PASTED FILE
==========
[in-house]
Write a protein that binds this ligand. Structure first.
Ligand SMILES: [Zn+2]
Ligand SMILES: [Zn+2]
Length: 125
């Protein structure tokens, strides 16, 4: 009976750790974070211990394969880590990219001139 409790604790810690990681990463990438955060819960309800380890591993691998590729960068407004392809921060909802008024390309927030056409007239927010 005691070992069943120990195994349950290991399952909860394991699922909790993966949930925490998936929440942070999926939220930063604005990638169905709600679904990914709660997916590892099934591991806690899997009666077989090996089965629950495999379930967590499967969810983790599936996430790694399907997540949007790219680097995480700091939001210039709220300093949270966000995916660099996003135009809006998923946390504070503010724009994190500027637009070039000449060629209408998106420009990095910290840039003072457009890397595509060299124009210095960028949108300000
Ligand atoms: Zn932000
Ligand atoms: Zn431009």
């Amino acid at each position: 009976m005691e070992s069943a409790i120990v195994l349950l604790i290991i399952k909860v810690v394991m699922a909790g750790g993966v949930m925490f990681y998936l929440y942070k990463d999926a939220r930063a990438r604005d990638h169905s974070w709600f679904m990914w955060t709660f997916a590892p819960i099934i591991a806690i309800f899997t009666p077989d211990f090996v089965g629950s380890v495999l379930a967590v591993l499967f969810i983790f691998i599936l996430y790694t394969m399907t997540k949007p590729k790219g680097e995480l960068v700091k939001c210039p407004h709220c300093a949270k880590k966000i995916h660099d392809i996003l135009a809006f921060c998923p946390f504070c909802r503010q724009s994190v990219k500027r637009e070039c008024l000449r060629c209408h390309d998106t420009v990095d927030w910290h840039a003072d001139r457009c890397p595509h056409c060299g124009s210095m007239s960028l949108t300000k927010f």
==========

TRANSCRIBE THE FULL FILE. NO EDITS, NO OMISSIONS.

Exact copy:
[in-house]
Write a protein that binds this ligand. Structure first.
Ligand SMILES: [Zn+2]
Ligand SMILES: [Zn+2]
Length: 125
């Protein structure tokens, strides 16, 4: 009976750790974070211990394969880590990219001139 409790604790810690990681990463990438955060819960309800380890591993691998590729960068407004392809921060909802008024390309927030056409007239927010 005691070992069943120990195994349950290991399952909860394991699922909790993966949930925490998936929440942070999926939220930063604005990638169905709600679904990914709660997916590892099934591991806690899997009666077989090996089965629950495999379930967590499967969810983790599936996430790694399907997540949007790219680097995480700091939001210039709220300093949270966000995916660099996003135009809006998923946390504070503010724009994190500027637009070039000449060629209408998106420009990095910290840039003072457009890397595509060299124009210095960028949108300000
Ligand atoms: Zn932000
Ligand atoms: Zn431009």
């Amino acid at each position: 009976m005691e070992s069943a409790i120990v195994l349950l604790i290991i399952k909860v810690v394991m699922a909790g750790g993966v949930m925490f990681y998936l929440y942070k990463d999926a939220r930063a990438r604005d990638h169905s974070w709600f679904m990914w955060t709660f997916a590892p819960i099934i591991a806690i309800f899997t009666p077989d211990f090996v089965g629950s380890v495999l379930a967590v591993l499967f969810i983790f691998i599936l996430y790694t394969m399907t997540k949007p590729k790219g680097e995480l960068v700091k939001c210039p407004h709220c300093a949270k880590k966000i995916h660099d392809i996003l135009a809006f921060c998923p946390f504070c909802r503010q724009s994190v990219k500027r637009e070039c008024l000449r060629c209408h390309d998106t420009v990095d927030w910290h840039a003072d001139r457009c890397p595509h056409c060299g124009s210095m007239s960028l949108t300000k927010f």